“Today we get consumers to co-create priceless experiences with us and make those special moments in their lives even more special,” Pike explains. “What that means is our consumers become brand ambassadors themselves because they talk about priceless experiences that they have access to on social media and digital.
“Priceless has moved on from being a brand platform to an experiential based marketing platform.”
To illustrate the point, AdNews and a group of journalists were invited by Mastercard to spend a day at the Sydney test match in their corporate box.
During the day Mastercard presented two surprises: Rockpool Group founder and super chef Neil Perry provided guests with a cooking lesson – a delightful prawn and mango salad – and former Australian batsman Michael Hussey did a meet and greet to share his thoughts about the game and some old stories.
Both ‘priceless’ surprises were unexpected and well received, with at least one reporter sharing the moment on a social media feed.
Mastercard treated journalists and guests to a 'priceless' moment
with Rockpool founder and chef Neil Perry.
The Priceless pillars
Mastercard’s marketing activities are organised into four key pillars – Priceless Cities, Priceless Surprises, Priceless Causes and Priceless Specials.
Priceless cities provides cardholders access to purchase experiences that are unique to 45 different cities.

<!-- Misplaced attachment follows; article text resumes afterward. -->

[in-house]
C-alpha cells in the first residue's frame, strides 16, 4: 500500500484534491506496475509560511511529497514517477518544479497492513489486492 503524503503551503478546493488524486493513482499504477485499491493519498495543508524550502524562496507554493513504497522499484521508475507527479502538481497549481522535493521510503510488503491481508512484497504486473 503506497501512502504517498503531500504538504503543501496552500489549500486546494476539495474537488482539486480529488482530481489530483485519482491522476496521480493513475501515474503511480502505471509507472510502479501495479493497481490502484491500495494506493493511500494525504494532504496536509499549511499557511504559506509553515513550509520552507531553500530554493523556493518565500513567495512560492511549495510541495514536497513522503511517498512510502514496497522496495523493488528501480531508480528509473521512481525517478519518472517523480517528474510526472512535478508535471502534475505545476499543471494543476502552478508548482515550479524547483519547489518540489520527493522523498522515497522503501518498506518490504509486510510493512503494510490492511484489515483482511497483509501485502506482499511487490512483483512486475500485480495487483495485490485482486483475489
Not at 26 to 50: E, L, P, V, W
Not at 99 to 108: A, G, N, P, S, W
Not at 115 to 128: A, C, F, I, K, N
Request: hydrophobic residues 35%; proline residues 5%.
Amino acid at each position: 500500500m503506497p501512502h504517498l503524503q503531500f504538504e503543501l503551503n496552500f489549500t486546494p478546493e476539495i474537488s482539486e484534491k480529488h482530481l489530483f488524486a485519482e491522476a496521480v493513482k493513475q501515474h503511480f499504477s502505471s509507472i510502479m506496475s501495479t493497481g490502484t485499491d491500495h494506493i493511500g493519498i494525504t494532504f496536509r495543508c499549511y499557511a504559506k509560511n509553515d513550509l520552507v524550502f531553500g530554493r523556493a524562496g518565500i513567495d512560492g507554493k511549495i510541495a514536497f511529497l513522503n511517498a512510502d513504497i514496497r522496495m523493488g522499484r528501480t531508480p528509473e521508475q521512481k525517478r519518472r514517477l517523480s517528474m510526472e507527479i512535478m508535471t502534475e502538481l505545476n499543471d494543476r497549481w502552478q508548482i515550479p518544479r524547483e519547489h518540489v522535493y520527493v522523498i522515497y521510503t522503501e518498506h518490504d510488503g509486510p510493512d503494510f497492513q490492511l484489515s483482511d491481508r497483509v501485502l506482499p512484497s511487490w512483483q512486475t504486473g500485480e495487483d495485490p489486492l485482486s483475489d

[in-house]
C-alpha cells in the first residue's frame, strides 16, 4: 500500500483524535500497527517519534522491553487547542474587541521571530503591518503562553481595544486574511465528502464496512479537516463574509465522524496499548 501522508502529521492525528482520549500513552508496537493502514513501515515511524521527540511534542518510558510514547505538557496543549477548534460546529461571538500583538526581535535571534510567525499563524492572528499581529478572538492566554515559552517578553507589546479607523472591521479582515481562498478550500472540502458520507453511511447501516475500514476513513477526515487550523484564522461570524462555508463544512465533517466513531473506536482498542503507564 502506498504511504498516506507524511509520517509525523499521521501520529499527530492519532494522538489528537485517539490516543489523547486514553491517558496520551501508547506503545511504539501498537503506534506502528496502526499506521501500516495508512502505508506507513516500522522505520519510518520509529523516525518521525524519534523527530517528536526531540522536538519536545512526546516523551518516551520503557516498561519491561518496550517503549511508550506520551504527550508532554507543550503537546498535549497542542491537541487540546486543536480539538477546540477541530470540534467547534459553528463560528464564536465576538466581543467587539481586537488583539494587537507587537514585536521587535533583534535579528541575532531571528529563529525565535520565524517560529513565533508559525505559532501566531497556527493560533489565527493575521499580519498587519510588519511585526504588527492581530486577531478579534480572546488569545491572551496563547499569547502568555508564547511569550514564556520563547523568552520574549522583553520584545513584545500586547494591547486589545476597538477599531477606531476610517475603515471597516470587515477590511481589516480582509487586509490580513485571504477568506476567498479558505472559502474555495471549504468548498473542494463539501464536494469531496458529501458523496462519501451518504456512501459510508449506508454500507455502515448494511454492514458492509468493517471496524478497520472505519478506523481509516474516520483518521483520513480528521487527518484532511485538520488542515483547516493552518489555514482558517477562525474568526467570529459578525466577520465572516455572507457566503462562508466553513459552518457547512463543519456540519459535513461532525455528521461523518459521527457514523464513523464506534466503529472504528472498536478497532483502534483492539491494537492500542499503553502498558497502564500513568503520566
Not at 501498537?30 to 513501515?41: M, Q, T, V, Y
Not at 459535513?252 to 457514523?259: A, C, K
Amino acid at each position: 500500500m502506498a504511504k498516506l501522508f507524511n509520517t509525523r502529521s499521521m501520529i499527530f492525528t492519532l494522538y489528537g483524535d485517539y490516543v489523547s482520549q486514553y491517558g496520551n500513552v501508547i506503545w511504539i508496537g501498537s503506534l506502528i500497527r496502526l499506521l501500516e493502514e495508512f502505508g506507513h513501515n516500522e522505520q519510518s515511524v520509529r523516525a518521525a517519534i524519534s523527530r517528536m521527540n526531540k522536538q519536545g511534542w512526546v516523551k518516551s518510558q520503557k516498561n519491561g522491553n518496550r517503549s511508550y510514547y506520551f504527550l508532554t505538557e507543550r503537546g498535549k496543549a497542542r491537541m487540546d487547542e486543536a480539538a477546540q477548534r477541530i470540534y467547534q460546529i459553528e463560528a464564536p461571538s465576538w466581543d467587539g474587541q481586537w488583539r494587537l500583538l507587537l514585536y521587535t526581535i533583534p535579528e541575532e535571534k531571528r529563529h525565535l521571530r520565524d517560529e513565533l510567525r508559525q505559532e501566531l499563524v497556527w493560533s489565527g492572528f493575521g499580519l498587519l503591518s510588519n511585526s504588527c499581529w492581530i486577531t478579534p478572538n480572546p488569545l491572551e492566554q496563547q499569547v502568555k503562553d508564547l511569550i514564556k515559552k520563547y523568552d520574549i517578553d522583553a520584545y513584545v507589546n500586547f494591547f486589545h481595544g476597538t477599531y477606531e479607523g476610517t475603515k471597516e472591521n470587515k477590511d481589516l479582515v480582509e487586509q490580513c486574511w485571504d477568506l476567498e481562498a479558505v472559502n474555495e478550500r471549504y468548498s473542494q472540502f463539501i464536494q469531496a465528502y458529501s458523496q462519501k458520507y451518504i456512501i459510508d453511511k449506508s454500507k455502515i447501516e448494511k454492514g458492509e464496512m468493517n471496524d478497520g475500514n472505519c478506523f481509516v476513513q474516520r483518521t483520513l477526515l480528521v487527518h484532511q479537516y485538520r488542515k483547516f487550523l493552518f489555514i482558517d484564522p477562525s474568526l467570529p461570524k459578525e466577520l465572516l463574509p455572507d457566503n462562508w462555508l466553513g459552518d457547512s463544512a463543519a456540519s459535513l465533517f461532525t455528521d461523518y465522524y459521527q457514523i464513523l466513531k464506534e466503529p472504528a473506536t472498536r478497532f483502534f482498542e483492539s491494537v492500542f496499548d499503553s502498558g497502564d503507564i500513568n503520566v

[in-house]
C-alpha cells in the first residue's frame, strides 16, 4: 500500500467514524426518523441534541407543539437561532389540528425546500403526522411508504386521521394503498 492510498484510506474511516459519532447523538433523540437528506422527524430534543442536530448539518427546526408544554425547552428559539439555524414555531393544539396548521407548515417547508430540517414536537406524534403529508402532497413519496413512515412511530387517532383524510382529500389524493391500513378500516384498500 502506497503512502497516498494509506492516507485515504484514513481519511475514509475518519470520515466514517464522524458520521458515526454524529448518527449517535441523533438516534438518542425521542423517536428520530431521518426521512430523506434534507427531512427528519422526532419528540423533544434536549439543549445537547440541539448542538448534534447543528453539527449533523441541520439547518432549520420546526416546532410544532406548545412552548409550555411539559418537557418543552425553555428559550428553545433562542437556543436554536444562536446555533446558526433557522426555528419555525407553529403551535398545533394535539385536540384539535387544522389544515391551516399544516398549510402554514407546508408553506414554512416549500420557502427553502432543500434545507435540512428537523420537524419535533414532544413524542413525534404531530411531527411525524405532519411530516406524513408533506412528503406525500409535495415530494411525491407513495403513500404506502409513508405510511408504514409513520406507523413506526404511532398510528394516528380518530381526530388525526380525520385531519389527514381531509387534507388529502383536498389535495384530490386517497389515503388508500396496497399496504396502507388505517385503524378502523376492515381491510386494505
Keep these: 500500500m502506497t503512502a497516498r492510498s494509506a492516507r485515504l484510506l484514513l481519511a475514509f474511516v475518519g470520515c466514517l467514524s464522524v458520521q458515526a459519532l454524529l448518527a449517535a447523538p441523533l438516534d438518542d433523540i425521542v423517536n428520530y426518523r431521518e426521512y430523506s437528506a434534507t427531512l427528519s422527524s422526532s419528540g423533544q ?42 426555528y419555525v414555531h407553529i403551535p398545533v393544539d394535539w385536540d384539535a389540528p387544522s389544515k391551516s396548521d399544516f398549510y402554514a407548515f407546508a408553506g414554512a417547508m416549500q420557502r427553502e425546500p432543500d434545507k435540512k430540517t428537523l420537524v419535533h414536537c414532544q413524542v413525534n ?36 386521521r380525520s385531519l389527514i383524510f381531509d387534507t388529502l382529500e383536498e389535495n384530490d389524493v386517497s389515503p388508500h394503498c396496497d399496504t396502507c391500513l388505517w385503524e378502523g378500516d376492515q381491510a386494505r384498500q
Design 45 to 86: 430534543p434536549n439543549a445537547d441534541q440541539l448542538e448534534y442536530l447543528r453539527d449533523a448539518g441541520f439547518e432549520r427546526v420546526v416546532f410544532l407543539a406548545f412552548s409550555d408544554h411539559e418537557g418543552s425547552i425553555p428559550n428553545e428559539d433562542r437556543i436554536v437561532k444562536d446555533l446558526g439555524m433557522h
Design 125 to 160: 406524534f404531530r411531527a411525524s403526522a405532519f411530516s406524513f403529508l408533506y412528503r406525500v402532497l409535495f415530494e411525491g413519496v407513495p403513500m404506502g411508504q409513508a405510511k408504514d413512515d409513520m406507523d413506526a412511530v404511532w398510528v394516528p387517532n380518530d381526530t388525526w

In Sydney, this has included a kids’ cooking class with Neil Perry, breakfast with Santa at the QVB and Champagne tasting at the Opera House.
Priceless surprises offers cardholders a range of impromptu surprises, such as free song downloads, seat upgrades at events and celebrity meet and greets.
Priceless causes allow cardholders to make donations to charity, including a target to donate 100 million school lunches through the UN’s World Food Program.
Priceless specials, which will launch in Australia later this year, is a rewards programme that provides cardholders offers and discounts at selected retailers.
Mastercard is upping the ante in its sponsorship of tennis this year.
The importance of sponsorship
To fulfil its priceless moments strategy, Mastercard has invested heavily in sponsorship, covering sport, music, culinary, fashion, retail, philanthropy and entertainment. Around the world this includes 75 partnerships with 65,000 assets.
“We are always ‘on’ through sponsorships and experiences,” Pike says. “Rather than just running generic above the line campaigns, we deliver experiential-based marketing activities that really help us connect with our cardholders and consumers.”
In Australia, Mastercard has partnerships with Cricket Australia, Tennis Australia, Red Bull, Event Cinemas, Rockpool Group, Sydney Opera House and Ticketek.
Aside from providing plenty of experiential fodder, sponsorship of major events provides Mastercard with several brand benefits.
Pike says that last year’s Australian Open campaign increased consumers top of mind awareness by 60% and consideration by 20%.
“It’s a really good way for us to drive reach and engagement with cardholders,” Pike says. “It’s great for the brand and was also sustained throughout the year, not just in January.”
Next week, Mastercard hopes to make the Happy Slam even happier with a three-storey Mastercard Beach Club at Melbourne Park that is open to cardholders.
There will also be plenty of ‘priceless’ surprises for fans as the payment technology company aggressively pushes further into the experiential space.
Check out the new Mastercard Australian Open TVC.